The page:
Yosra Chabaane

Research interests

Plant domestication has resulted in a suite of morphological and physiological traits that distinguish crops from their wild ancestors. In crop plants, selection is generally aimed at reducing levels of unwanted constituents such as toxic or bitter compounds and increasing levels of nutrients such as proteins. Ecologists are increasingly aware that these changes have major consequences for the interactions with other organisms. One particular interesting system is that of chili peppers, which have been selected for either increased or for decreased levels of capsaicin, the secondary metabolite responsible for the pungency trait. Insect pests in agricultural systems are often well adapted to the altered traits, but for the unique chili system this has never been studied and the ecological consequences of chili domestication remain unknown. I propose to examine how domestication has altered the resistance of chili against herbivorous insects, as well as the effects on the natural enemies of these herbivores. Specifically, I aim to determine whether changes in capsaicinoids has an impact on plant resistance to two herbivores, the generalist Spodoptora latifascia and the specialist Anthonomus eugeniiand their respective parasitoids Euplecterus platyphenae  and Catolacus hunteri. To test this, I will use different techniques (behavioral, chemical and  molecular) to study a range of cultivated varieties and wild populations. A better understanding of the impact of chili domestication on plant resistance can lead to novel pest control strategies, including biological control with parasitoids.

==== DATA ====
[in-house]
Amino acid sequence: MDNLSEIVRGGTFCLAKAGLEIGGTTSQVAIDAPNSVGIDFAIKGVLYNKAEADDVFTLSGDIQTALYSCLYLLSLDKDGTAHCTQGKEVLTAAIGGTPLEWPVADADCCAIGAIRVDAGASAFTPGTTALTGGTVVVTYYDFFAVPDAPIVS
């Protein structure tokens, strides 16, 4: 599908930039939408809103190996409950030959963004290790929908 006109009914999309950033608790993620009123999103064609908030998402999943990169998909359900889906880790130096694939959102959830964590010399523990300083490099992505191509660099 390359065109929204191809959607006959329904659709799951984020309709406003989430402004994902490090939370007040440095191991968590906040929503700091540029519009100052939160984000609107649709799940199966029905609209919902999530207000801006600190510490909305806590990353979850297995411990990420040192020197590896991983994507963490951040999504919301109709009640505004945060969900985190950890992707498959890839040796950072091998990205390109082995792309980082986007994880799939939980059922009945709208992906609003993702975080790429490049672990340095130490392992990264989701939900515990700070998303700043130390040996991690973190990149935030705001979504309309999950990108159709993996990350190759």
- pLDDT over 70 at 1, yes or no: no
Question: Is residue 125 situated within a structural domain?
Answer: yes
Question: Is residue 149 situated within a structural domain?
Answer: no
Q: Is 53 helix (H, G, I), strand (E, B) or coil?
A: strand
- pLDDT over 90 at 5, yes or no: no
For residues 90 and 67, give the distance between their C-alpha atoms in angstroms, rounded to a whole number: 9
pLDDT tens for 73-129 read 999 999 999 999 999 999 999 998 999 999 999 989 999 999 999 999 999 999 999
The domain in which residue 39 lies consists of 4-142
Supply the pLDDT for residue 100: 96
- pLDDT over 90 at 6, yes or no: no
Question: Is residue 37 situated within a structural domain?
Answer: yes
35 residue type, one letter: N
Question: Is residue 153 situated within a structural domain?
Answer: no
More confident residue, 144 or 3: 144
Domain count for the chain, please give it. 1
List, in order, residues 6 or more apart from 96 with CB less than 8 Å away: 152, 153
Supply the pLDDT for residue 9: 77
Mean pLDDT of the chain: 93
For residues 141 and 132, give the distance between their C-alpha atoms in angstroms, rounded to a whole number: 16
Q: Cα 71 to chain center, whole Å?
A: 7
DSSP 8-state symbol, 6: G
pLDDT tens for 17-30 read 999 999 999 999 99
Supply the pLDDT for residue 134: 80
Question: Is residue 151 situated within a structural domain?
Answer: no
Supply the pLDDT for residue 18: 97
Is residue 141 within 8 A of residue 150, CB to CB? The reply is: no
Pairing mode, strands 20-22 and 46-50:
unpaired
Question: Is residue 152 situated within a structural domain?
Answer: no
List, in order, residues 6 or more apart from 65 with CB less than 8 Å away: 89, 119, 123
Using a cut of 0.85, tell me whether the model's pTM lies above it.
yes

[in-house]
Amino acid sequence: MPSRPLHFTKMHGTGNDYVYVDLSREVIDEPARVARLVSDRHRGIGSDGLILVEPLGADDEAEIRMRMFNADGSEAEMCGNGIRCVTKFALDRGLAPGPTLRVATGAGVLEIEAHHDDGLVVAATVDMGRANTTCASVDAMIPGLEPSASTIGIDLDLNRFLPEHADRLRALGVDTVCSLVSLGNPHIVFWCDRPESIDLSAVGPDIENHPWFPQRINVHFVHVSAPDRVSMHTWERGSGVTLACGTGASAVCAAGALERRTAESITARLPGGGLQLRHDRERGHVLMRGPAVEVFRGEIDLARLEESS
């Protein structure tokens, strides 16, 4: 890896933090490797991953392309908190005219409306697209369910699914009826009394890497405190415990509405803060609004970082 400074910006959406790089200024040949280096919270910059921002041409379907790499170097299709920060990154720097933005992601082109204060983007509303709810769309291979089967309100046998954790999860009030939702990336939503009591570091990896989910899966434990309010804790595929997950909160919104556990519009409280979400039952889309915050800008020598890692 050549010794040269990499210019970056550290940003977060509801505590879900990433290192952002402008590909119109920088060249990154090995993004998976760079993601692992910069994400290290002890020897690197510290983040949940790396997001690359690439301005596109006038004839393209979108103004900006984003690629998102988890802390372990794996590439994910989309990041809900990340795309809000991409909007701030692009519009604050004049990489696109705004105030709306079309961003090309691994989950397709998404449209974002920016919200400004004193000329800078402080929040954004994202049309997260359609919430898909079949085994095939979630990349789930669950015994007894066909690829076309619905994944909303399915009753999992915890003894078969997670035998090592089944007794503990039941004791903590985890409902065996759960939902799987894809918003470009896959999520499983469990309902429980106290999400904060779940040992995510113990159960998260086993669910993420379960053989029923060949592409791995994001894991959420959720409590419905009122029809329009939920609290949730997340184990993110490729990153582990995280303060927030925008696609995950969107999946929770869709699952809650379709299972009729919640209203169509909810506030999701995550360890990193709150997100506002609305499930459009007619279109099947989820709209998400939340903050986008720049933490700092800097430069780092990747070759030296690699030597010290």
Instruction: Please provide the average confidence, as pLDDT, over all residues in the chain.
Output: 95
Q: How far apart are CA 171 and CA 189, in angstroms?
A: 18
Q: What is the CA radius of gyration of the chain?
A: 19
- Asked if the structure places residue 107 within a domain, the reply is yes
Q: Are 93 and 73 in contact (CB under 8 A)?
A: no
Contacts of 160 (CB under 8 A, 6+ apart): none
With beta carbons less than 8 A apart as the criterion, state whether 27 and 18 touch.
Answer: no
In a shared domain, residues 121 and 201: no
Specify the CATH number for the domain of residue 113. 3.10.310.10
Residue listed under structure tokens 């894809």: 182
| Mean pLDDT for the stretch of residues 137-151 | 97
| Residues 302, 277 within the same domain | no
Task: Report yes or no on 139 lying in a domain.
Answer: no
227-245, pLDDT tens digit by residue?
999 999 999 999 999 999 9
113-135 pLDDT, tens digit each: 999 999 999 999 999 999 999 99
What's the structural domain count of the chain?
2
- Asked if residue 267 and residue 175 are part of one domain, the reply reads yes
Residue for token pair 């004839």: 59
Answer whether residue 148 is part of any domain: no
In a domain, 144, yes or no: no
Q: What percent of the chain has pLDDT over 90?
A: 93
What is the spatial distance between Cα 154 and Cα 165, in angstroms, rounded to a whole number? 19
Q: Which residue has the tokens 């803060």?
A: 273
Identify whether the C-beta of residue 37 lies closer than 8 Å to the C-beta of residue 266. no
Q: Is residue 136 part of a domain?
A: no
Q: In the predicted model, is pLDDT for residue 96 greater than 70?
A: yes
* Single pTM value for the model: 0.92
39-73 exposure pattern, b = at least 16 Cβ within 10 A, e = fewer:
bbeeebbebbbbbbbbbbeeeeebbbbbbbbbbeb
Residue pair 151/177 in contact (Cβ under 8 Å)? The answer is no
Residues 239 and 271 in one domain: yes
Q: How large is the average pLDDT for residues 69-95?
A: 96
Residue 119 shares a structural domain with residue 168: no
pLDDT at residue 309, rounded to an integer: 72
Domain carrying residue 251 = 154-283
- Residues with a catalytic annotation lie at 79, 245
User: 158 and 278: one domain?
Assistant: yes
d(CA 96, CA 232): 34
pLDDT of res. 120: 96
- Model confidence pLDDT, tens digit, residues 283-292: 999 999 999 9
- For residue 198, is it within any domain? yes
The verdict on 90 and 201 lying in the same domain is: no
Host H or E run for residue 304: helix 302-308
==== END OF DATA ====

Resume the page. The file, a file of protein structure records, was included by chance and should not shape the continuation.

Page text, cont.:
Chabaane, Y., Laplanche, D., Turlings, T.C.J. & Desurmont, G.A.(2015) Impact of exotic insect herbivores on native tritrophic interactions: a case study of the African cotton leaf worm, Spodoptera littoralis and insects associated with the field mustard Brassica rapa. Journal of Ecology,103,109–117

Yosra Chabaane




+41 32 718 31 62

Bureau D123